On-campus religious organizations attract criticism from students

Despite some students’ disapproval of her beliefs, social media campus preacher Cindy Smock was able to speak on campus Jan. 19 as part of her right to exercise free speech. ORACLE PHOTO/ALEXANDRA URBAN

Religious groups, from attention-grabbing preachers to those quietly handing out the New Testament from the sidewalk, have drawn criticism from students due to their actions, especially as this generation watches a departure from mainstream religion.

Students said religious organizations on campus tend to be overbearing, and that their presence is a nuisance. Freshman Andrew Russell said they often neglect debating with students in favor of simply trying to recruit new members.

“I wish so much that the presence of the various religious groups would lead to intellectually stimulating exchanges of ideas, cultures and beliefs,” Russell said.

“[However], it seems that some people or groups are so bent on converting others that they skip the whole intellectual exchange part [in favor of] brute force converting, as if the person is a commodity that is to be acquired by their church.”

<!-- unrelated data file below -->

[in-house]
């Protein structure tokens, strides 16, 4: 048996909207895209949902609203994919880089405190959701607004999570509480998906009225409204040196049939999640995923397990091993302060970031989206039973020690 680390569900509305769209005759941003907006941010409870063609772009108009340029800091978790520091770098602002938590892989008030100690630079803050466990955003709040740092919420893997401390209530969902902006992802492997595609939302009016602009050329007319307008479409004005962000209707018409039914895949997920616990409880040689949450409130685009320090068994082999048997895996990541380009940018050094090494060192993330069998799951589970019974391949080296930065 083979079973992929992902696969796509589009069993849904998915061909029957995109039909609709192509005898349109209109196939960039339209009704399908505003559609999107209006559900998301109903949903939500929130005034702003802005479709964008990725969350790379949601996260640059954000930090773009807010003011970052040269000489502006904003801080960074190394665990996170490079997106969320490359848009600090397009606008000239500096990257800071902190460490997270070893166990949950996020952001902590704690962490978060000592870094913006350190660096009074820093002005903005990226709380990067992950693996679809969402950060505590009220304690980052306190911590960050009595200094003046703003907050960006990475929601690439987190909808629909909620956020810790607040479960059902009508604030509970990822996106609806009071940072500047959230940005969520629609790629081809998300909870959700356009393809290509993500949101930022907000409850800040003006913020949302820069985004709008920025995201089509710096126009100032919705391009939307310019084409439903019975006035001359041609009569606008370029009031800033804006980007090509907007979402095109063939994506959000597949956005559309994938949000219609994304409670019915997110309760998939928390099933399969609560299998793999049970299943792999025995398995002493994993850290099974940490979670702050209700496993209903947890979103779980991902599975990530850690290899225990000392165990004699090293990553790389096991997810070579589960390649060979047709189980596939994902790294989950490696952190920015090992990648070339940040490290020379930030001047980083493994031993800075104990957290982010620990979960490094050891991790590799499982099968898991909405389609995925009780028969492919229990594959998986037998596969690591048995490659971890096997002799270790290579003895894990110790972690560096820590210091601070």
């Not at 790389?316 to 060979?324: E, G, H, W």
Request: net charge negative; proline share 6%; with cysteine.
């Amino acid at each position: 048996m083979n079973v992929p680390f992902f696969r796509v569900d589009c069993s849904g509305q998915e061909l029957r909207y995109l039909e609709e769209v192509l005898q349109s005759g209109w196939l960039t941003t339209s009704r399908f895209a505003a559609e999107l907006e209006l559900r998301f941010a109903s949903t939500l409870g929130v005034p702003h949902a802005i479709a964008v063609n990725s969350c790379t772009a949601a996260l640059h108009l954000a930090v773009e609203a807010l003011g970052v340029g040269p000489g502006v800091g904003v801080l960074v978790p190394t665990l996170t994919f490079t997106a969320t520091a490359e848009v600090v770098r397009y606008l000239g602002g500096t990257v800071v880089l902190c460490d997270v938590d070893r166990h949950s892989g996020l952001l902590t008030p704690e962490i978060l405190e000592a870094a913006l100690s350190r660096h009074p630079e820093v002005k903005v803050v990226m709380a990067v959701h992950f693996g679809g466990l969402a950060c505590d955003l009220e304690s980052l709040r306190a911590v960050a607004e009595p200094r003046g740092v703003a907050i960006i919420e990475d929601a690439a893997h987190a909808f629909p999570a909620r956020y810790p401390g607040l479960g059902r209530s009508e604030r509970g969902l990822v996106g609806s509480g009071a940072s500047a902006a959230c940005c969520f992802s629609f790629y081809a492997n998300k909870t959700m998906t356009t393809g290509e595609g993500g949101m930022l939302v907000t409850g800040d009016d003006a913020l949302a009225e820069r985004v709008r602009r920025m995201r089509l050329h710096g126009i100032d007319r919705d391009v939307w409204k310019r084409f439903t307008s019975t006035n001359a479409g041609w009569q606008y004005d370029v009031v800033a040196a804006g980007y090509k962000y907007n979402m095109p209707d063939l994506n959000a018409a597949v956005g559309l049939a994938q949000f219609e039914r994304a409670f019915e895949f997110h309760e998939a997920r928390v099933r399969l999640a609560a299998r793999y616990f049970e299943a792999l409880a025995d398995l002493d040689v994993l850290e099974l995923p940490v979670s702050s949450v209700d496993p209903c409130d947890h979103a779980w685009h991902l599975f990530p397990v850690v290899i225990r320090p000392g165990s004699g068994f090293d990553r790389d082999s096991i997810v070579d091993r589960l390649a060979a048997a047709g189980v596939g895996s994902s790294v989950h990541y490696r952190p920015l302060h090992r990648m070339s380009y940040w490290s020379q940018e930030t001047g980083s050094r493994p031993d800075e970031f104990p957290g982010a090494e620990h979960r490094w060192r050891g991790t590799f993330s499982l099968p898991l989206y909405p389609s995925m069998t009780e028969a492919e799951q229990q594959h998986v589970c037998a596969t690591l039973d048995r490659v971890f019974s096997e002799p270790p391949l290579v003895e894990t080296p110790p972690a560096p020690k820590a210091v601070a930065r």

Many students also said that while they might not enjoy the presence of religious groups on campus, they ultimately determined it was necessary to uphold First Amendment rights.

“You don’t have to respect what they say, but you have to respect their right to say it,” sophomore Roberto Montero said.

Dean of Students Danielle McDonald confirmed that under the First Amendment, religious groups and preachers have the right to spread their message on campus, regardless of the community’s feelings on the subject matter.

“As a public university, we have to allow free speech regardless of how we feel about [what they are trying to say] or how it is in direct conflict with our values of diversity and inclusion,” McDonald said. “These uninvited speakers are exercising their freedom of speech.”

However, this does not mean there are no university policies surrounding such events. These groups must abide by rules regarding whether or not they are permitted to use amplified sound in certain areas on campus, according to McDonald.